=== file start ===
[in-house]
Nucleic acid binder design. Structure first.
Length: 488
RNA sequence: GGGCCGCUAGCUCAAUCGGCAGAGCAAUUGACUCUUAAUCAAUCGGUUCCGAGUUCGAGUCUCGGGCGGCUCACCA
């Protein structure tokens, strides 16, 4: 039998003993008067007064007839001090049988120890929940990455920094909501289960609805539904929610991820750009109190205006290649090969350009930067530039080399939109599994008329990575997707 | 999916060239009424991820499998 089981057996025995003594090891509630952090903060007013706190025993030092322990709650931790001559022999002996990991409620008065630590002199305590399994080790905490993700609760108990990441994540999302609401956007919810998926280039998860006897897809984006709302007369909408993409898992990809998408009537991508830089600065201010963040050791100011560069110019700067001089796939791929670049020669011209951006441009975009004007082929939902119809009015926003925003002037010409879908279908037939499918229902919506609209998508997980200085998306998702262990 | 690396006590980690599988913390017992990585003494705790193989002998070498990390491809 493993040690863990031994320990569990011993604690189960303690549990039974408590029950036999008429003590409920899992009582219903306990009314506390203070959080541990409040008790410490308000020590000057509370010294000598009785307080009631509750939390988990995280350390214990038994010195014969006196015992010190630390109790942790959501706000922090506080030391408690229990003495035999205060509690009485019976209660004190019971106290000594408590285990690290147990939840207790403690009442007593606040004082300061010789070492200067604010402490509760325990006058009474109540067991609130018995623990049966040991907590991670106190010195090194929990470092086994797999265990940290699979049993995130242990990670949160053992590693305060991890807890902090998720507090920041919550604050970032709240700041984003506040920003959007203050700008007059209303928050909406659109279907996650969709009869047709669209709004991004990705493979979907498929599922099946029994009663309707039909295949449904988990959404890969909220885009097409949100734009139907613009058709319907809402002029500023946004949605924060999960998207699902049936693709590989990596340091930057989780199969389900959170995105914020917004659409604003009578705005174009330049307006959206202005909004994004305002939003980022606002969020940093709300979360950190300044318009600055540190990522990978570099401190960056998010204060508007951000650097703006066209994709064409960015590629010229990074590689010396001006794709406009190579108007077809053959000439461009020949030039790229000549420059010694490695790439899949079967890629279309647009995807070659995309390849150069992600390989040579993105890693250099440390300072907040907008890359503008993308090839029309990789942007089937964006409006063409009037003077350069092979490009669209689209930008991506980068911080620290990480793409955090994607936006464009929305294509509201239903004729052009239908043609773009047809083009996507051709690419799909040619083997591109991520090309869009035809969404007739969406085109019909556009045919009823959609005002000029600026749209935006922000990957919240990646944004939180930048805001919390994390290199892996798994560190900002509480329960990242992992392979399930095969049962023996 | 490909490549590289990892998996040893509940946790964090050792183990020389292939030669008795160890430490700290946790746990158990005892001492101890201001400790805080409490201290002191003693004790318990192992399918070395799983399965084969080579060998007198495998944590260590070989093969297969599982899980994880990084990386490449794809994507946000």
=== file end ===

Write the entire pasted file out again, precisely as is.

[in-house]
Nucleic acid binder design. Structure first.
Length: 488
RNA sequence: GGGCCGCUAGCUCAAUCGGCAGAGCAAUUGACUCUUAAUCAAUCGGUUCCGAGUUCGAGUCUCGGGCGGCUCACCA
């Protein structure tokens, strides 16, 4: 039998003993008067007064007839001090049988120890929940990455920094909501289960609805539904929610991820750009109190205006290649090969350009930067530039080399939109599994008329990575997707 | 999916060239009424991820499998 089981057996025995003594090891509630952090903060007013706190025993030092322990709650931790001559022999002996990991409620008065630590002199305590399994080790905490993700609760108990990441994540999302609401956007919810998926280039998860006897897809984006709302007369909408993409898992990809998408009537991508830089600065201010963040050791100011560069110019700067001089796939791929670049020669011209951006441009975009004007082929939902119809009015926003925003002037010409879908279908037939499918229902919506609209998508997980200085998306998702262990 | 690396006590980690599988913390017992990585003494705790193989002998070498990390491809 493993040690863990031994320990569990011993604690189960303690549990039974408590029950036999008429003590409920899992009582219903306990009314506390203070959080541990409040008790410490308000020590000057509370010294000598009785307080009631509750939390988990995280350390214990038994010195014969006196015992010190630390109790942790959501706000922090506080030391408690229990003495035999205060509690009485019976209660004190019971106290000594408590285990690290147990939840207790403690009442007593606040004082300061010789070492200067604010402490509760325990006058009474109540067991609130018995623990049966040991907590991670106190010195090194929990470092086994797999265990940290699979049993995130242990990670949160053992590693305060991890807890902090998720507090920041919550604050970032709240700041984003506040920003959007203050700008007059209303928050909406659109279907996650969709009869047709669209709004991004990705493979979907498929599922099946029994009663309707039909295949449904988990959404890969909220885009097409949100734009139907613009058709319907809402002029500023946004949605924060999960998207699902049936693709590989990596340091930057989780199969389900959170995105914020917004659409604003009578705005174009330049307006959206202005909004994004305002939003980022606002969020940093709300979360950190300044318009600055540190990522990978570099401190960056998010204060508007951000650097703006066209994709064409960015590629010229990074590689010396001006794709406009190579108007077809053959000439461009020949030039790229000549420059010694490695790439899949079967890629279309647009995807070659995309390849150069992600390989040579993105890693250099440390300072907040907008890359503008993308090839029309990789942007089937964006409006063409009037003077350069092979490009669209689209930008991506980068911080620290990480793409955090994607936006464009929305294509509201239903004729052009239908043609773009047809083009996507051709690419799909040619083997591109991520090309869009035809969404007739969406085109019909556009045919009823959609005002000029600026749209935006922000990957919240990646944004939180930048805001919390994390290199892996798994560190900002509480329960990242992992392979399930095969049962023996 | 490909490549590289990892998996040893509940946790964090050792183990020389292939030669008795160890430490700290946790746990158990005892001492101890201001400790805080409490201290002191003693004790318990192992399918070395799983399965084969080579060998007198495998944590260590070989093969297969599982899980994880990084990386490449794809994507946000």